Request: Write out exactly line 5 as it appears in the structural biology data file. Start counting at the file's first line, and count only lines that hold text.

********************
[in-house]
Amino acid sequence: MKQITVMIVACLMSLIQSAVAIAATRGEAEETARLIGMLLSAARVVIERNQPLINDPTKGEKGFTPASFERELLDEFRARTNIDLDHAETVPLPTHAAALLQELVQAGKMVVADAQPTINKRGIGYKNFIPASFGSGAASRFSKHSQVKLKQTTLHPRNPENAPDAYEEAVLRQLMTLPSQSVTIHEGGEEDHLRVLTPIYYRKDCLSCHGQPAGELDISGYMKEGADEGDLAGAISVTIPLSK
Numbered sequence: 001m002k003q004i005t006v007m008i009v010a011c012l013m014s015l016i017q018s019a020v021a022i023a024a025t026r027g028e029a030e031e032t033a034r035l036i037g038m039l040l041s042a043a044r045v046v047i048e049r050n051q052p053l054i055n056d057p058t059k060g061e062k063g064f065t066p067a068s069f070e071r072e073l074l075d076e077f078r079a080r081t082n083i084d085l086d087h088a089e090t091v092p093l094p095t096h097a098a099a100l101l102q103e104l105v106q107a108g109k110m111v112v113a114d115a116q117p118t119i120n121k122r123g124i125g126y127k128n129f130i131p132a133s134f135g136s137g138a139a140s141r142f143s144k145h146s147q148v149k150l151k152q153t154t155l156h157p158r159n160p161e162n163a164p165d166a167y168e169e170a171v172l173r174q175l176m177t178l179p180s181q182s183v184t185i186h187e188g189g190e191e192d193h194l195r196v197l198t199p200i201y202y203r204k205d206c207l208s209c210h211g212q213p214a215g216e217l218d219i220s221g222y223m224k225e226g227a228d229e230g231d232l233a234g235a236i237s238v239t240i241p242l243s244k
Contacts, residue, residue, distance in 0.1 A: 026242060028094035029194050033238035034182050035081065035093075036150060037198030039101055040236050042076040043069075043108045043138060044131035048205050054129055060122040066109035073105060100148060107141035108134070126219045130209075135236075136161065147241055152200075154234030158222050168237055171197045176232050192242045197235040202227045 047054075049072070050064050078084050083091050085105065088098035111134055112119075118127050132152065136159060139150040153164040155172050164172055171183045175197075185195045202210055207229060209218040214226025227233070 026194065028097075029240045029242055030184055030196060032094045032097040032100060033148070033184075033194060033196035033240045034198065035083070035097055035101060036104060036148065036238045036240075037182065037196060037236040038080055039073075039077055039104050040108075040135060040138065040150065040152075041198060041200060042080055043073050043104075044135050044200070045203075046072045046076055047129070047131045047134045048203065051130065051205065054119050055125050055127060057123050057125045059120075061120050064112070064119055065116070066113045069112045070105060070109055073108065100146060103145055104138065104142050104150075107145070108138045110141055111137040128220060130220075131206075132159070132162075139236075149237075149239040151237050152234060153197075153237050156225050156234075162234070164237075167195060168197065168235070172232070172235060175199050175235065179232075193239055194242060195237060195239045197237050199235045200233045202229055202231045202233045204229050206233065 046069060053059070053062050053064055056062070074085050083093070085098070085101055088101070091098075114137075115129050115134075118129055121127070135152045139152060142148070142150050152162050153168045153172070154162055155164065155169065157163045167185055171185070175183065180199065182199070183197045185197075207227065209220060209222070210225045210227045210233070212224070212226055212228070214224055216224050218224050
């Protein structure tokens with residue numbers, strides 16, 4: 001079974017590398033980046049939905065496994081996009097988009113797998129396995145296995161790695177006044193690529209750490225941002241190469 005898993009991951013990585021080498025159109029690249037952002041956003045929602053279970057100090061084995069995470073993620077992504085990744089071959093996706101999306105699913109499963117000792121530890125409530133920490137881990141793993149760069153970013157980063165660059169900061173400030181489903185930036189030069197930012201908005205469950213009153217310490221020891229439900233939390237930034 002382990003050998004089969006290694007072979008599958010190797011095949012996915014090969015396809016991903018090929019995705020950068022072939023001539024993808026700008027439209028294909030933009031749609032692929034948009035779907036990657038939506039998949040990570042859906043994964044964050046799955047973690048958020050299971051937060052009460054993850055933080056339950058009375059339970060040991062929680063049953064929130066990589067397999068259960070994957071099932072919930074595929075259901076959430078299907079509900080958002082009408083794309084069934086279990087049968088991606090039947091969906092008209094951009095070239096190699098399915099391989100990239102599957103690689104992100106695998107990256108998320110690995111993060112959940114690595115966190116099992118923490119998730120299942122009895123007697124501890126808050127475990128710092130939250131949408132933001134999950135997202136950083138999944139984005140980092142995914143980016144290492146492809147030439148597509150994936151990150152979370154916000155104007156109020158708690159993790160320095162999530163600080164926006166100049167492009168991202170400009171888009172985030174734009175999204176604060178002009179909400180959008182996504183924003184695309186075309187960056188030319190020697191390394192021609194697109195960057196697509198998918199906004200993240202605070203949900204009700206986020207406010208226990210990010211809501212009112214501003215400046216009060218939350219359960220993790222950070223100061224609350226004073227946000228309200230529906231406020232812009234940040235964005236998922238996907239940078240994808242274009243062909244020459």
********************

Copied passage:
């Protein structure tokens with residue numbers, strides 16, 4: 001079974017590398033980046049939905065496994081996009097988009113797998129396995145296995161790695177006044193690529209750490225941002241190469 005898993009991951013990585021080498025159109029690249037952002041956003045929602053279970057100090061084995069995470073993620077992504085990744089071959093996706101999306105699913109499963117000792121530890125409530133920490137881990141793993149760069153970013157980063165660059169900061173400030181489903185930036189030069197930012201908005205469950213009153217310490221020891229439900233939390237930034 002382990003050998004089969006290694007072979008599958010190797011095949012996915014090969015396809016991903018090929019995705020950068022072939023001539024993808026700008027439209028294909030933009031749609032692929034948009035779907036990657038939506039998949040990570042859906043994964044964050046799955047973690048958020050299971051937060052009460054993850055933080056339950058009375059339970060040991062929680063049953064929130066990589067397999068259960070994957071099932072919930074595929075259901076959430078299907079509900080958002082009408083794309084069934086279990087049968088991606090039947091969906092008209094951009095070239096190699098399915099391989100990239102599957103690689104992100106695998107990256108998320110690995111993060112959940114690595115966190116099992118923490119998730120299942122009895123007697124501890126808050127475990128710092130939250131949408132933001134999950135997202136950083138999944139984005140980092142995914143980016144290492146492809147030439148597509150994936151990150152979370154916000155104007156109020158708690159993790160320095162999530163600080164926006166100049167492009168991202170400009171888009172985030174734009175999204176604060178002009179909400180959008182996504183924003184695309186075309187960056188030319190020697191390394192021609194697109195960057196697509198998918199906004200993240202605070203949900204009700206986020207406010208226990210990010211809501212009112214501003215400046216009060218939350219359960220993790222950070223100061224609350226004073227946000228309200230529906231406020232812009234940040235964005236998922238996907239940078240994808242274009243062909244020459």